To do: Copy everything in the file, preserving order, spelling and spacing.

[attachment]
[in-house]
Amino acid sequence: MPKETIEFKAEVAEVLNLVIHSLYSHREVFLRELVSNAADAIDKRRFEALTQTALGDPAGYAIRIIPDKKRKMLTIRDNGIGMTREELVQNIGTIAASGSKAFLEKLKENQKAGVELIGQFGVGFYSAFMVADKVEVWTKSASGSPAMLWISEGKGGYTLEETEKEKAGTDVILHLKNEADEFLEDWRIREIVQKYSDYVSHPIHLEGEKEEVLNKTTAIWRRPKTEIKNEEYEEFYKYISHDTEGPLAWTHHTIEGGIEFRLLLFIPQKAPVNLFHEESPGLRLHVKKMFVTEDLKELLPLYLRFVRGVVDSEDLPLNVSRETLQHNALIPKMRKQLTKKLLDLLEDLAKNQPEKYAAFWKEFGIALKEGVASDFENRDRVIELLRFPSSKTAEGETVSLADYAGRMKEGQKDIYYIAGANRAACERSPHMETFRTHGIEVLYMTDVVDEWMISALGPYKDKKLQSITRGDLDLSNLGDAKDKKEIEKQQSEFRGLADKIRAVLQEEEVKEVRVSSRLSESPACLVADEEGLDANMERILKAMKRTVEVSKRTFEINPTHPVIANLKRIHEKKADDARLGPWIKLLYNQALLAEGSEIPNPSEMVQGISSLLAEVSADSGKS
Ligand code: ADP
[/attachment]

[in-house]
Amino acid sequence: MPKETIEFKAEVAEVLNLVIHSLYSHREVFLRELVSNAADAIDKRRFEALTQTALGDPAGYAIRIIPDKKRKMLTIRDNGIGMTREELVQNIGTIAASGSKAFLEKLKENQKAGVELIGQFGVGFYSAFMVADKVEVWTKSASGSPAMLWISEGKGGYTLEETEKEKAGTDVILHLKNEADEFLEDWRIREIVQKYSDYVSHPIHLEGEKEEVLNKTTAIWRRPKTEIKNEEYEEFYKYISHDTEGPLAWTHHTIEGGIEFRLLLFIPQKAPVNLFHEESPGLRLHVKKMFVTEDLKELLPLYLRFVRGVVDSEDLPLNVSRETLQHNALIPKMRKQLTKKLLDLLEDLAKNQPEKYAAFWKEFGIALKEGVASDFENRDRVIELLRFPSSKTAEGETVSLADYAGRMKEGQKDIYYIAGANRAACERSPHMETFRTHGIEVLYMTDVVDEWMISALGPYKDKKLQSITRGDLDLSNLGDAKDKKEIEKQQSEFRGLADKIRAVLQEEEVKEVRVSSRLSESPACLVADEEGLDANMERILKAMKRTVEVSKRTFEINPTHPVIANLKRIHEKKADDARLGPWIKLLYNQALLAEGSEIPNPSEMVQGISSLLAEVSADSGKS
Ligand code: ADP